The referral reason for aCGH analysis for the remaining 4 individuals without a known copy number change was to provide additional information for genetic counselling and family planning. Individuals 21 and 22 are the parents of patient 9, an eight-year-old girl with mild dysmorphic features and speech delay, who had been found to have a duplication involving the Williams-Beuren syndrome (WBS) critical region at 7q1123 using an Affymetrix single nucleotide polymorphisms (SNP) 6.0 array (Affymetrix, Santa Clara, California, USA). While a microdeletion of the WBS critical region results in a well-characterised pattern of facial dysmorphism, supravalvular aortic stenosis, connective tissue abnormalities, hypercalcaemia, and a recognisable behavioural phenotype, duplication of the same region results in a much less distinctive set of characteristics.18 Foremost among these, as was seen in our patient, are mildly dysmorphic facial features and prominent speech delay. Parental transmission of the 7q11.23 duplication is relatively frequent in the WBS duplication syndrome, but reduced penetrance and variable expression mean that determination of carrier status based on phenotype alone is not simple. An approximately 1.5 Mb duplication of the WBS critical region was readily indentified in the affected girl by our custom-designed NimbleGen CGH array, which agreed with the earlier Affymetrix SNP 6.0 array data, but was not detected in either of her parents. The conclusion is that the genomic copy number change detected in patient 9 is a de novo event and that future pregnancies are not at high risk of this mutation event.
Individuals 23 and 24 are the parents of patient 7, a six-year-old boy who was referred for investigation of developmental delay and features consistent with autistic spectrum disorder. High-density Affymetrix SNP 6.0 microarray analysis had revealed several copy number changes in the child, including a deletion at chromosome 2p21, a duplication at chromosome 15q14, and a deletion at chromosome 16p11.2 (see Table 3 for full coordinates). Each of these changes was also identified by our NimbleGen custom CGH array, with only minor differences in breakpoint location, despite the difference in probe density [Table 3]. The 16p11.2 deletion is consistent with the phenotypic features in this case, as dosage changes at 16p11.2 have been described in association with autistic spectrum disorder.19 The aCGH results confirmed that the chromosome 16p11.2 deletion is de novo and that each of the other two copy number changes are most likely to be benign, as each is inherited from one of his parents.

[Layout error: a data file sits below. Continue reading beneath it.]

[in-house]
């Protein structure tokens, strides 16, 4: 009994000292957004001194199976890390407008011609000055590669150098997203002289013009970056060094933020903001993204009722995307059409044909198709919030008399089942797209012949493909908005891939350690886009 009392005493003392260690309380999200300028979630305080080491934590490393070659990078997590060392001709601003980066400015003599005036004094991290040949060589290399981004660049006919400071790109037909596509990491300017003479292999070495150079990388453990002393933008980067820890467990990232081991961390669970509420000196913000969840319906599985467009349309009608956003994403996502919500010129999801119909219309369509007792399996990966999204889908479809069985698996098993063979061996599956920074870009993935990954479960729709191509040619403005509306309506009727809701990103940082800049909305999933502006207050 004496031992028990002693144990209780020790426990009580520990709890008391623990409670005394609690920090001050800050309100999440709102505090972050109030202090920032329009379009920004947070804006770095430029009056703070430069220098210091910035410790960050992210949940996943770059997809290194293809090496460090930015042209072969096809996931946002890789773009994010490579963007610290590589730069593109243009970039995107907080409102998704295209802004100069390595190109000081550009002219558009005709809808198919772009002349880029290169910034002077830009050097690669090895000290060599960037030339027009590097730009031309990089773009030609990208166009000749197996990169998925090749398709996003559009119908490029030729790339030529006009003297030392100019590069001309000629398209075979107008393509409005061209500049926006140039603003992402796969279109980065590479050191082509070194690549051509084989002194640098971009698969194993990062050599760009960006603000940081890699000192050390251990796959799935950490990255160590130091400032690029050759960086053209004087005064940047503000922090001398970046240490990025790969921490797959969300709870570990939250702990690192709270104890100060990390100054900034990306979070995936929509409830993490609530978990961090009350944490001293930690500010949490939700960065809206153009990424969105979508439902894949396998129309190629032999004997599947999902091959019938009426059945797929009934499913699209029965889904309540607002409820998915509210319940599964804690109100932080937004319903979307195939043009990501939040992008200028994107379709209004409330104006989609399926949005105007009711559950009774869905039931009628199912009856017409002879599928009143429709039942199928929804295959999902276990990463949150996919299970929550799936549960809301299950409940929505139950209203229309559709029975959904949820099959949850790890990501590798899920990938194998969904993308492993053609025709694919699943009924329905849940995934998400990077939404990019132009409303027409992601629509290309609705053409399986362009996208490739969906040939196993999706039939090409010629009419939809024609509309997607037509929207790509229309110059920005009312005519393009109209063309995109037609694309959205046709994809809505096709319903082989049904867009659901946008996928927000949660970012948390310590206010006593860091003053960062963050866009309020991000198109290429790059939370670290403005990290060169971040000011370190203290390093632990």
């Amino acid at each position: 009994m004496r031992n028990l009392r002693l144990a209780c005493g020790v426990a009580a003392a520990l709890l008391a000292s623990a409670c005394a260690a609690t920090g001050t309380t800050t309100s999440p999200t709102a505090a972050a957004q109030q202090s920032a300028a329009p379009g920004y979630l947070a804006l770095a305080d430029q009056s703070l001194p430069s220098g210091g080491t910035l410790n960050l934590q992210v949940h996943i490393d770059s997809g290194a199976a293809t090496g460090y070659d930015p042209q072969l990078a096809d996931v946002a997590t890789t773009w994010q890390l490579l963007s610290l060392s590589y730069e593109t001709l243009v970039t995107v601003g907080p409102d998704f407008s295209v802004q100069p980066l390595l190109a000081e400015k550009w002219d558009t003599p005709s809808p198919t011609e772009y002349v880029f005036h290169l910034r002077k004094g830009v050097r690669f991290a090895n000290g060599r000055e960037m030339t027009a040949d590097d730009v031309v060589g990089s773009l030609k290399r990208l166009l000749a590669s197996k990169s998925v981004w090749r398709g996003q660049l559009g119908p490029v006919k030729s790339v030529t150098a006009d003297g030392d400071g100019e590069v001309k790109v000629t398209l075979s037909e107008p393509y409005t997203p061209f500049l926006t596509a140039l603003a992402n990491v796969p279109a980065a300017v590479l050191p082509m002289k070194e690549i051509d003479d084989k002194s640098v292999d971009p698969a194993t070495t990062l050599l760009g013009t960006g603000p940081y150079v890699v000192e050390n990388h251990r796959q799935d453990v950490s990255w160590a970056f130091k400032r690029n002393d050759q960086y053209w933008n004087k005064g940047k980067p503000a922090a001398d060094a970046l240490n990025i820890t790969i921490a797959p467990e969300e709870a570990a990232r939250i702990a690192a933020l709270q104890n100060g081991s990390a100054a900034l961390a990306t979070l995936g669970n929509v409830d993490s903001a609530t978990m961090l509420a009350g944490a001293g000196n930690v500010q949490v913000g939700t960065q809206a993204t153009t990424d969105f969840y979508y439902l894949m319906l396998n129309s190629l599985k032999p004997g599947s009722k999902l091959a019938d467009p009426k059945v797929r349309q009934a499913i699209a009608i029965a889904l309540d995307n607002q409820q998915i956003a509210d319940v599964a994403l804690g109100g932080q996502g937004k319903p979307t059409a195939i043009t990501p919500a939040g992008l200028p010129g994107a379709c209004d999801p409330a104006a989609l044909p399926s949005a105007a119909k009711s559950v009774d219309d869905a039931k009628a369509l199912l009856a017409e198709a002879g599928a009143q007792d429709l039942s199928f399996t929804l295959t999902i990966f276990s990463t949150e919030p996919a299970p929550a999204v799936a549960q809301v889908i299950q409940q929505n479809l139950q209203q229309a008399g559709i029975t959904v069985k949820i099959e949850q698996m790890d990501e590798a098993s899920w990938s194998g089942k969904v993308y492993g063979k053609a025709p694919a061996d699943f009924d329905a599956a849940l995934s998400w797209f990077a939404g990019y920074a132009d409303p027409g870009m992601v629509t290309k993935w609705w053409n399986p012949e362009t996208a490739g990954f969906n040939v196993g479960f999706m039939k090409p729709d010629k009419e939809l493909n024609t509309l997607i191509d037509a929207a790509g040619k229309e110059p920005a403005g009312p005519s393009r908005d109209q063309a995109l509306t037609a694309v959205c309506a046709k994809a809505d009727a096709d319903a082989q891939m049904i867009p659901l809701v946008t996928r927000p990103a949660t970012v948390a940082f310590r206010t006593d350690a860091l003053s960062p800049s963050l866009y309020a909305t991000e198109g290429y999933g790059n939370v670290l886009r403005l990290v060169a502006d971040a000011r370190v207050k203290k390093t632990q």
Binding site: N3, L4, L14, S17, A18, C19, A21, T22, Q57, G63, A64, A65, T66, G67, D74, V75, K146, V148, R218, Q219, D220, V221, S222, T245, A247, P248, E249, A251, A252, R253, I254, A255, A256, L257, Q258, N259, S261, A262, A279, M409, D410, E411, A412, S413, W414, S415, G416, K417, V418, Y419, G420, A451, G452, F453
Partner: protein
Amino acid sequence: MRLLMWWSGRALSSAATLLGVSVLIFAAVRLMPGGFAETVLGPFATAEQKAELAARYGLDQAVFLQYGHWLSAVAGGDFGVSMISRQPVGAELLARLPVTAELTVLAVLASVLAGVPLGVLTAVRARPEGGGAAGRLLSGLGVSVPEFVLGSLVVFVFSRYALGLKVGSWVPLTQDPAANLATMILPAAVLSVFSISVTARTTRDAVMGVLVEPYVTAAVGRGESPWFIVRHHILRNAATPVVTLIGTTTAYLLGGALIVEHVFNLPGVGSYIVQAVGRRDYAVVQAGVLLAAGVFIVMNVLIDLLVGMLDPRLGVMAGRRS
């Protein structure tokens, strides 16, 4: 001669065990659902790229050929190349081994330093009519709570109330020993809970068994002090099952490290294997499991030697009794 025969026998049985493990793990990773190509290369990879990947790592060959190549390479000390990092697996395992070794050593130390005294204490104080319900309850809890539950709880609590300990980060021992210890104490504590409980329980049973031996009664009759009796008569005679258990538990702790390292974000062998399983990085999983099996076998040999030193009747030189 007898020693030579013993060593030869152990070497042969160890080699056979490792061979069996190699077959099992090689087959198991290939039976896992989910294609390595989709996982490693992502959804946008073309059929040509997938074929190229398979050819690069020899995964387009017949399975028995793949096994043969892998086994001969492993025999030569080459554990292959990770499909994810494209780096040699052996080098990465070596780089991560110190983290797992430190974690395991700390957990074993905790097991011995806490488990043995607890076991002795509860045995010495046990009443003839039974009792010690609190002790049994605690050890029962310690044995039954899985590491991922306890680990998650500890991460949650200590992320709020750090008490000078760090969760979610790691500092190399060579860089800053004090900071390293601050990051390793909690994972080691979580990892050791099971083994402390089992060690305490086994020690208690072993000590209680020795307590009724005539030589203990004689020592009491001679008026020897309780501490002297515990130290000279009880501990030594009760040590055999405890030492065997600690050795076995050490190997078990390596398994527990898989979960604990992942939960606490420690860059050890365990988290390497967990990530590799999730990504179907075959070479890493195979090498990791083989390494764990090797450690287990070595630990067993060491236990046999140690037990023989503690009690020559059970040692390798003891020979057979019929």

The purpose of the work described above was to design and validate a CGH array that could be used as an alternative to MLPA, quantitative PCR, and customised FISH in the diagnostic genetics laboratory. Although there have been several reports in the recent literature of custom-designed CGH arrays being used to screen for either exonic dosage changes in a large set of disease-specific genes, or for one of a panel of known genomic disorders, this is the first report, to our knowledge, of a custom-designed CGH array that provides both high-resolution coverage of a comprehensive set of genes and low-resolution whole genome coverage.20–25
The array design we report here is ideally suited to a small diagnostic laboratory. It enables the simultaneous interrogation of a large number of genes using a process that eliminates the risk of false negatives inherent in PCR-based techniques due to the possibility of polymorphisms lying under primer binding sites. Twelve patient samples are able to be tested at once, reducing the overall cost of the assay. The overlapping probes tile the exons at a high density and allow changes involving the coding regions of the gene(s) of interest, including single exon changes, to be readily and reliably detected. This design feature is in contrast to some previously reported designs which could not reliably detect single exon changes due to insufficient probe coverage over affected regions.23 The intron probes enable clarification of breakpoints, which is not possible with MLPA or qPCR, and the backbone probes facilitate the identification of larger genomic rearrangements, either as confirmation following high-density molecular karyotyping, or for carrier testing and family studies.
We have shown that our custom-designed NimbleGen CGH array can be used to accurately identify exonic deletions and duplications in a gene set of interest as well as offer a low resolution whole genome screen for larger genomic rearrangements. The technique is robust and cost-effective and allows for comprehensive analysis. This approach overcomes the problems associated with the use of expensive kits in the context of low sample throughput, and allows for consolidation of dosage analysis assays to a single validated technique.